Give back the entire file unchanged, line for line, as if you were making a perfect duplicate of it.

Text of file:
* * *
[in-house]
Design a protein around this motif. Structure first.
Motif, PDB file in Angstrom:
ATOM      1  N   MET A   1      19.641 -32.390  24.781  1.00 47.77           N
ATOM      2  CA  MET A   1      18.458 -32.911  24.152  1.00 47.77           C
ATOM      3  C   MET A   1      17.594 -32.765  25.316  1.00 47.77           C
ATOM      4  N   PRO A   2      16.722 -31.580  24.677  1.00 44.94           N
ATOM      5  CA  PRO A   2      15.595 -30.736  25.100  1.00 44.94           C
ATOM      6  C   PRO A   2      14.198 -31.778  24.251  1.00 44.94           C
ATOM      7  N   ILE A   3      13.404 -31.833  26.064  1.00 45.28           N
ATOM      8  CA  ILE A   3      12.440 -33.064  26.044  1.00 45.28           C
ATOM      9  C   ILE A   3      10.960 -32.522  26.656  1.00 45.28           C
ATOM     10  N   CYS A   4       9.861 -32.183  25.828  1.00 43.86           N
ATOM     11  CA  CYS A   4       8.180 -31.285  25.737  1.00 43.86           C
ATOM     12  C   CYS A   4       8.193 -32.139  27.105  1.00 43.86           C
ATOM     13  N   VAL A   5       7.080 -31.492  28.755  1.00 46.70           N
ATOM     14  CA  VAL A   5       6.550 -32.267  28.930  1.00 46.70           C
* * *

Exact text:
[in-house]
Design a protein around this motif. Structure first.
Motif, PDB file in Angstrom:
ATOM      1  N   MET A   1      19.641 -32.390  24.781  1.00 47.77           N
ATOM      2  CA  MET A   1      18.458 -32.911  24.152  1.00 47.77           C
ATOM      3  C   MET A   1      17.594 -32.765  25.316  1.00 47.77           C
ATOM      4  N   PRO A   2      16.722 -31.580  24.677  1.00 44.94           N
ATOM      5  CA  PRO A   2      15.595 -30.736  25.100  1.00 44.94           C
ATOM      6  C   PRO A   2      14.198 -31.778  24.251  1.00 44.94           C
ATOM      7  N   ILE A   3      13.404 -31.833  26.064  1.00 45.28           N
ATOM      8  CA  ILE A   3      12.440 -33.064  26.044  1.00 45.28           C
ATOM      9  C   ILE A   3      10.960 -32.522  26.656  1.00 45.28           C
ATOM     10  N   CYS A   4       9.861 -32.183  25.828  1.00 43.86           N
ATOM     11  CA  CYS A   4       8.180 -31.285  25.737  1.00 43.86           C
ATOM     12  C   CYS A   4       8.193 -32.139  27.105  1.00 43.86           C
ATOM     13  N   VAL A   5       7.080 -31.492  28.755  1.00 46.70           N
ATOM     14  CA  VAL A   5       6.550 -32.267  28.930  1.00 46.70           C